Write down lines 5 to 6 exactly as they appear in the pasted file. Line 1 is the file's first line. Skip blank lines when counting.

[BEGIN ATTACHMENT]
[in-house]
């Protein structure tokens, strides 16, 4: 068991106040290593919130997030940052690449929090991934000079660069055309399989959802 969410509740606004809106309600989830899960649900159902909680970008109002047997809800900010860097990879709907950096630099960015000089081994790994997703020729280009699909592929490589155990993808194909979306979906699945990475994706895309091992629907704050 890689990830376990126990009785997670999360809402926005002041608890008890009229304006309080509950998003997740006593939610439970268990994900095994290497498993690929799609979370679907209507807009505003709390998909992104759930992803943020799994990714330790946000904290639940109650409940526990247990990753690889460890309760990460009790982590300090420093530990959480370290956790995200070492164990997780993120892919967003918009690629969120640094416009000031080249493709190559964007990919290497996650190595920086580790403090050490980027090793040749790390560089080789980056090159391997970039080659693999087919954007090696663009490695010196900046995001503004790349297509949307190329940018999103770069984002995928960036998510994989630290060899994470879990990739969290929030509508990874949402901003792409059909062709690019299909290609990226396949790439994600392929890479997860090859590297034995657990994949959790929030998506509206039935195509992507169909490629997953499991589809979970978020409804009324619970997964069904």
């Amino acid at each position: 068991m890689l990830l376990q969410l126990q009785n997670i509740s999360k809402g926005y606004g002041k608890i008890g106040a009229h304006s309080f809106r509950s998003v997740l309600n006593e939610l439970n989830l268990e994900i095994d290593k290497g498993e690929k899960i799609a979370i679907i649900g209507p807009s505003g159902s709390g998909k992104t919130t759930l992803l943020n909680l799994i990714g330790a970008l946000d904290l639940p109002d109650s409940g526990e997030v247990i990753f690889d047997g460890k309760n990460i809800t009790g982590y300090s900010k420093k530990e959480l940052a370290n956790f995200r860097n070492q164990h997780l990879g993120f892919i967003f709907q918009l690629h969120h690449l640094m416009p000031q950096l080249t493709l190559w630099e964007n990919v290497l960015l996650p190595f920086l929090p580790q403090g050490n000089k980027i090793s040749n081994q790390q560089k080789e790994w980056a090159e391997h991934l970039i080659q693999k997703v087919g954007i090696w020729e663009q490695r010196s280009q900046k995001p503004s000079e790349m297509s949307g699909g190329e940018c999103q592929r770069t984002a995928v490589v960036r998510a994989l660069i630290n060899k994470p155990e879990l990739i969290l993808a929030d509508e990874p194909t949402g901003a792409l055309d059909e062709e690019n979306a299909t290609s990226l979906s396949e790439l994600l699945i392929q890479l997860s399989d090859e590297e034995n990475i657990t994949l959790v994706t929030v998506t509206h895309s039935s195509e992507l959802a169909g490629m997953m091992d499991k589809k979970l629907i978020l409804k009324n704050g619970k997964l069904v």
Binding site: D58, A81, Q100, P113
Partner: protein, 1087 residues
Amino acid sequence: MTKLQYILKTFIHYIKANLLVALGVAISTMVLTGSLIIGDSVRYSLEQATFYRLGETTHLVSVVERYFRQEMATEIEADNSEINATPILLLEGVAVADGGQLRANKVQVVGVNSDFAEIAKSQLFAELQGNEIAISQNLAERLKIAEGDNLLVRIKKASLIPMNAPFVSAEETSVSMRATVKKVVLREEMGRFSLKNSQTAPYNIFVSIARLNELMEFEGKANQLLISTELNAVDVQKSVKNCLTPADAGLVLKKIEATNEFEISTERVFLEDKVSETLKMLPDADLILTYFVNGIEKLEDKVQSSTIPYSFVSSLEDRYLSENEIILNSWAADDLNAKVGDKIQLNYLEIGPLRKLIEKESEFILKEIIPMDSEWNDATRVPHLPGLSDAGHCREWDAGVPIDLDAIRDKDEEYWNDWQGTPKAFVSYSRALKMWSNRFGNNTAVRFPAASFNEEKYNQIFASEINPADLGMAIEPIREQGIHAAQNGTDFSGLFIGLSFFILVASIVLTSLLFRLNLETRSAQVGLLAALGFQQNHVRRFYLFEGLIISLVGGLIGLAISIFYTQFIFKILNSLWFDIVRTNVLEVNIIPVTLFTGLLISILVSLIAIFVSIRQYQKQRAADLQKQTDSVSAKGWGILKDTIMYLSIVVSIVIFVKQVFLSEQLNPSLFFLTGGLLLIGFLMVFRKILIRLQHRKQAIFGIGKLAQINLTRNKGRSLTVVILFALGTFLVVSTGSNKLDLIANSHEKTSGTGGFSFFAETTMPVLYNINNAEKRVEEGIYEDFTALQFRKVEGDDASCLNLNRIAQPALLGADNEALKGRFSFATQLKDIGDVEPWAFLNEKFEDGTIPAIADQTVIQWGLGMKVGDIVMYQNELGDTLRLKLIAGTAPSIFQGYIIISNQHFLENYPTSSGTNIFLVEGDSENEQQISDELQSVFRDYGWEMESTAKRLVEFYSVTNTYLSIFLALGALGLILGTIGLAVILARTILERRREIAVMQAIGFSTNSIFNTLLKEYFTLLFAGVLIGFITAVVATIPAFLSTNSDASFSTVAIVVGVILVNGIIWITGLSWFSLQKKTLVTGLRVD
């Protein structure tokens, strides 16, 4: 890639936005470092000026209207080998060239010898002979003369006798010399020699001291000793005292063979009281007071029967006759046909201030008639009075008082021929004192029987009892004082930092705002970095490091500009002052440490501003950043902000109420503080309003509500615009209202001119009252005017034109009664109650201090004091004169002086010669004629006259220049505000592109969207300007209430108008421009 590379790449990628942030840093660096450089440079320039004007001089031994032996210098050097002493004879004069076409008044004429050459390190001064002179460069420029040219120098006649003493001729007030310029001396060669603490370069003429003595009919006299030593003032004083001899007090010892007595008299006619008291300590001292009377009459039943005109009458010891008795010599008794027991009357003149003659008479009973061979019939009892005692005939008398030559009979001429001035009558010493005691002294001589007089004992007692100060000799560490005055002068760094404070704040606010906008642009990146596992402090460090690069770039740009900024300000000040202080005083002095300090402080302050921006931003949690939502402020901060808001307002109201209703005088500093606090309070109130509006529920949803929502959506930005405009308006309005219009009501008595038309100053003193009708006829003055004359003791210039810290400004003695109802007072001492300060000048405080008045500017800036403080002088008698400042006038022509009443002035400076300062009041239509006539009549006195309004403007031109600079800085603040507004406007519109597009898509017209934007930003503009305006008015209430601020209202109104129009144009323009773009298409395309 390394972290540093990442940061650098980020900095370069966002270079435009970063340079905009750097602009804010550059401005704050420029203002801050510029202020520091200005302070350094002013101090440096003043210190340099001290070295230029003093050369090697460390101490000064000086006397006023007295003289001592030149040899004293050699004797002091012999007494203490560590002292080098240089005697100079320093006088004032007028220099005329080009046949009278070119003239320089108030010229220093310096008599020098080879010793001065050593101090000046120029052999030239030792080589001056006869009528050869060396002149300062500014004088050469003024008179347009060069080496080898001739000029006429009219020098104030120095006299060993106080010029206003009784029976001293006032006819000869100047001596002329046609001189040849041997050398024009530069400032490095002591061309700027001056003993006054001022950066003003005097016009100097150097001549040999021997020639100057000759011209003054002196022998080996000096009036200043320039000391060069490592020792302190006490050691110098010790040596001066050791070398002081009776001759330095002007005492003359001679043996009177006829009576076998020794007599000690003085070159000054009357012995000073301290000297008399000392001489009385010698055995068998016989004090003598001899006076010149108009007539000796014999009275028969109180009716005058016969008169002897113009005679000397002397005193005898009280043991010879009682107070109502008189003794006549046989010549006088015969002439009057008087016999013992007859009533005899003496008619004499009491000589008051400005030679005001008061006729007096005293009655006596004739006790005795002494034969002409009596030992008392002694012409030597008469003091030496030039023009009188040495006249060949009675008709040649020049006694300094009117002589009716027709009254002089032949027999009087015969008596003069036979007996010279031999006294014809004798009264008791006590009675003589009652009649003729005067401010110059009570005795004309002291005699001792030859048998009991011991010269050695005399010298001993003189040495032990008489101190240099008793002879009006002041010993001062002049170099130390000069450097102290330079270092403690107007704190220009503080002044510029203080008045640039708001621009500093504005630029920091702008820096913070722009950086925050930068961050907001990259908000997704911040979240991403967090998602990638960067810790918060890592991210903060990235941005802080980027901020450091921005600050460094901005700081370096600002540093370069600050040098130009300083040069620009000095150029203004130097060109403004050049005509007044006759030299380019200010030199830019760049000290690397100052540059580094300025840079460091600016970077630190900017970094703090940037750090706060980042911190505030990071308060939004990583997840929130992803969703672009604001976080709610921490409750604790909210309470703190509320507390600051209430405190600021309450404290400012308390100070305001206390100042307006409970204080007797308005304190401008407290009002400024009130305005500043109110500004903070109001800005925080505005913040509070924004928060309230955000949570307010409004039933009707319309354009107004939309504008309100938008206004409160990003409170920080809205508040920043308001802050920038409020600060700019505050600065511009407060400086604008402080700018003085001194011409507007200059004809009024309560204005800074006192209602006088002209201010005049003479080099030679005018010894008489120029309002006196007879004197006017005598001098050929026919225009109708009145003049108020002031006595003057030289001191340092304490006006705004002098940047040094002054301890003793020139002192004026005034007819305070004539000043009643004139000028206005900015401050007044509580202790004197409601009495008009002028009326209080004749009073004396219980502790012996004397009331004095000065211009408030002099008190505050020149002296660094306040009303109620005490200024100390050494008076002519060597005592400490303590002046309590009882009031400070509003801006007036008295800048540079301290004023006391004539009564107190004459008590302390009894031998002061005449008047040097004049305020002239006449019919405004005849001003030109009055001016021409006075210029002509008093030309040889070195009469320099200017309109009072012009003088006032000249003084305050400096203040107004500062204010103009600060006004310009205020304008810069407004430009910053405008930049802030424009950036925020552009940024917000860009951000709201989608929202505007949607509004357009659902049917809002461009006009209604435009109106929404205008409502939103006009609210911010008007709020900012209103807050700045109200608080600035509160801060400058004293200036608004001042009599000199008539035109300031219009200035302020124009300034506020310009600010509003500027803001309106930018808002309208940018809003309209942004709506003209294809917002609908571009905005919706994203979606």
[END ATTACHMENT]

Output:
Partner: protein, 1087 residues
Amino acid sequence: MTKLQYILKTFIHYIKANLLVALGVAISTMVLTGSLIIGDSVRYSLEQATFYRLGETTHLVSVVERYFRQEMATEIEADNSEINATPILLLEGVAVADGGQLRANKVQVVGVNSDFAEIAKSQLFAELQGNEIAISQNLAERLKIAEGDNLLVRIKKASLIPMNAPFVSAEETSVSMRATVKKVVLREEMGRFSLKNSQTAPYNIFVSIARLNELMEFEGKANQLLISTELNAVDVQKSVKNCLTPADAGLVLKKIEATNEFEISTERVFLEDKVSETLKMLPDADLILTYFVNGIEKLEDKVQSSTIPYSFVSSLEDRYLSENEIILNSWAADDLNAKVGDKIQLNYLEIGPLRKLIEKESEFILKEIIPMDSEWNDATRVPHLPGLSDAGHCREWDAGVPIDLDAIRDKDEEYWNDWQGTPKAFVSYSRALKMWSNRFGNNTAVRFPAASFNEEKYNQIFASEINPADLGMAIEPIREQGIHAAQNGTDFSGLFIGLSFFILVASIVLTSLLFRLNLETRSAQVGLLAALGFQQNHVRRFYLFEGLIISLVGGLIGLAISIFYTQFIFKILNSLWFDIVRTNVLEVNIIPVTLFTGLLISILVSLIAIFVSIRQYQKQRAADLQKQTDSVSAKGWGILKDTIMYLSIVVSIVIFVKQVFLSEQLNPSLFFLTGGLLLIGFLMVFRKILIRLQHRKQAIFGIGKLAQINLTRNKGRSLTVVILFALGTFLVVSTGSNKLDLIANSHEKTSGTGGFSFFAETTMPVLYNINNAEKRVEEGIYEDFTALQFRKVEGDDASCLNLNRIAQPALLGADNEALKGRFSFATQLKDIGDVEPWAFLNEKFEDGTIPAIADQTVIQWGLGMKVGDIVMYQNELGDTLRLKLIAGTAPSIFQGYIIISNQHFLENYPTSSGTNIFLVEGDSENEQQISDELQSVFRDYGWEMESTAKRLVEFYSVTNTYLSIFLALGALGLILGTIGLAVILARTILERRREIAVMQAIGFSTNSIFNTLLKEYFTLLFAGVLIGFITAVVATIPAFLSTNSDASFSTVAIVVGVILVNGIIWITGLSWFSLQKKTLVTGLRVD